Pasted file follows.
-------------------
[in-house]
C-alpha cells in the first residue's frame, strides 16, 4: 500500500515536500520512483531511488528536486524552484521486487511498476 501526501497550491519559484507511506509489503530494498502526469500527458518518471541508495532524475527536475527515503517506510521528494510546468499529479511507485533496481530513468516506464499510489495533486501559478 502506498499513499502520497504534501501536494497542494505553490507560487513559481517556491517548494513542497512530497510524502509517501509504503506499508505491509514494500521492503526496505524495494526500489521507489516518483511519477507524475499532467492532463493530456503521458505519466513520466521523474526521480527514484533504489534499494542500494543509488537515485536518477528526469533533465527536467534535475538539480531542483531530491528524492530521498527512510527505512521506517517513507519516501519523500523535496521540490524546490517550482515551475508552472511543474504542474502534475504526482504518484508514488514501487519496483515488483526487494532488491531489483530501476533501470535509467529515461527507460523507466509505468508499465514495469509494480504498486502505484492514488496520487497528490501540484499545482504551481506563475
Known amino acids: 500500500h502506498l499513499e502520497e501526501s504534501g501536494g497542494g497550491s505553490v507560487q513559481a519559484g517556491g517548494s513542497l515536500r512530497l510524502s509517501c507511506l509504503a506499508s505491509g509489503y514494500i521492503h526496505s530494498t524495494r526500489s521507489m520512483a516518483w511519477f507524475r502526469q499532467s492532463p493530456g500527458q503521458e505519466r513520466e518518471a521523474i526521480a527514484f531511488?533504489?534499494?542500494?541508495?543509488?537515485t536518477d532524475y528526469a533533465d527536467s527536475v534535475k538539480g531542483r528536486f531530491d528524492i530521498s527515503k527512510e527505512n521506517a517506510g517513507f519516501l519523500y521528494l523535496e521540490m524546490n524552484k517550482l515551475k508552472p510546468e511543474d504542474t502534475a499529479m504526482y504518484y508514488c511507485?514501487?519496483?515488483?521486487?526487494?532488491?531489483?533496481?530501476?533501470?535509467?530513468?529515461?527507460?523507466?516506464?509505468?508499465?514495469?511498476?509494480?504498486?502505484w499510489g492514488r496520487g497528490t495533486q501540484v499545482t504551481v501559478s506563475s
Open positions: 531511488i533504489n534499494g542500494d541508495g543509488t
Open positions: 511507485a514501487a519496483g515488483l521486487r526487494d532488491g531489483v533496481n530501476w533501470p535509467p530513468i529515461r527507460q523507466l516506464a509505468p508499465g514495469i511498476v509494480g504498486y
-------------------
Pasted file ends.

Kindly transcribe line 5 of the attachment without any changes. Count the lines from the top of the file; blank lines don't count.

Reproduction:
Open positions: 511507485a514501487a519496483g515488483l521486487r526487494d532488491g531489483v533496481n530501476w533501470p535509467p530513468i529515461r527507460q523507466l516506464a509505468p508499465g514495469i511498476v509494480g504498486y